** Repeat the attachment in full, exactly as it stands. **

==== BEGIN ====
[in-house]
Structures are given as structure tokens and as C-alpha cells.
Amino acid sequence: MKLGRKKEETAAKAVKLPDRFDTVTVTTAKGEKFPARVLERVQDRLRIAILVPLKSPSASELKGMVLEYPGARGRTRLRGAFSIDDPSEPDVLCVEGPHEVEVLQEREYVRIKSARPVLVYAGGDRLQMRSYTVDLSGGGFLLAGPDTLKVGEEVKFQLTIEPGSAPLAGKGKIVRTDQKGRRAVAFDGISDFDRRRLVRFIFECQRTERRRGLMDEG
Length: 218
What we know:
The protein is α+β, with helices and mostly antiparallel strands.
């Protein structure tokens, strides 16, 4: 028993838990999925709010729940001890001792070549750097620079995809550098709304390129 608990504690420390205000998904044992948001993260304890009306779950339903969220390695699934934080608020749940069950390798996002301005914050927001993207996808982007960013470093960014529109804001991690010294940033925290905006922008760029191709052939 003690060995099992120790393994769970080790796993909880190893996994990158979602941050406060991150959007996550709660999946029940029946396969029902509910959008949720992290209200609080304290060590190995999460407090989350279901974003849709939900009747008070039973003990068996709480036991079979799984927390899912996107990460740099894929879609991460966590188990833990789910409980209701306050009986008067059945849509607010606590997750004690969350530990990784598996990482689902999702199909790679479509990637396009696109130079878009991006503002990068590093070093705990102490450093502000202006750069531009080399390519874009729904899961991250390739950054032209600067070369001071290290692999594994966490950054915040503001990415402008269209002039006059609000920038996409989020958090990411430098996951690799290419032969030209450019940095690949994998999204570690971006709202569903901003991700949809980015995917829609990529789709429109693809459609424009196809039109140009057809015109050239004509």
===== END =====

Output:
[in-house]
Structures are given as structure tokens and as C-alpha cells.
Amino acid sequence: MKLGRKKEETAAKAVKLPDRFDTVTVTTAKGEKFPARVLERVQDRLRIAILVPLKSPSASELKGMVLEYPGARGRTRLRGAFSIDDPSEPDVLCVEGPHEVEVLQEREYVRIKSARPVLVYAGGDRLQMRSYTVDLSGGGFLLAGPDTLKVGEEVKFQLTIEPGSAPLAGKGKIVRTDQKGRRAVAFDGISDFDRRRLVRFIFECQRTERRRGLMDEG
Length: 218
What we know:
The protein is α+β, with helices and mostly antiparallel strands.
């Protein structure tokens, strides 16, 4: 028993838990999925709010729940001890001792070549750097620079995809550098709304390129 608990504690420390205000998904044992948001993260304890009306779950339903969220390695699934934080608020749940069950390798996002301005914050927001993207996808982007960013470093960014529109804001991690010294940033925290905006922008760029191709052939 003690060995099992120790393994769970080790796993909880190893996994990158979602941050406060991150959007996550709660999946029940029946396969029902509910959008949720992290209200609080304290060590190995999460407090989350279901974003849709939900009747008070039973003990068996709480036991079979799984927390899912996107990460740099894929879609991460966590188990833990789910409980209701306050009986008067059945849509607010606590997750004690969350530990990784598996990482689902999702199909790679479509990637396009696109130079878009991006503002990068590093070093705990102490450093502000202006750069531009080399390519874009729904899961991250390739950054032209600067070369001071290290692999594994966490950054915040503001990415402008269209002039006059609000920038996409989020958090990411430098996951690799290419032969030209450019940095690949994998999204570690971006709202569903901003991700949809980015995917829609990529789709429109693809459609424009196809039109140009057809015109050239004509």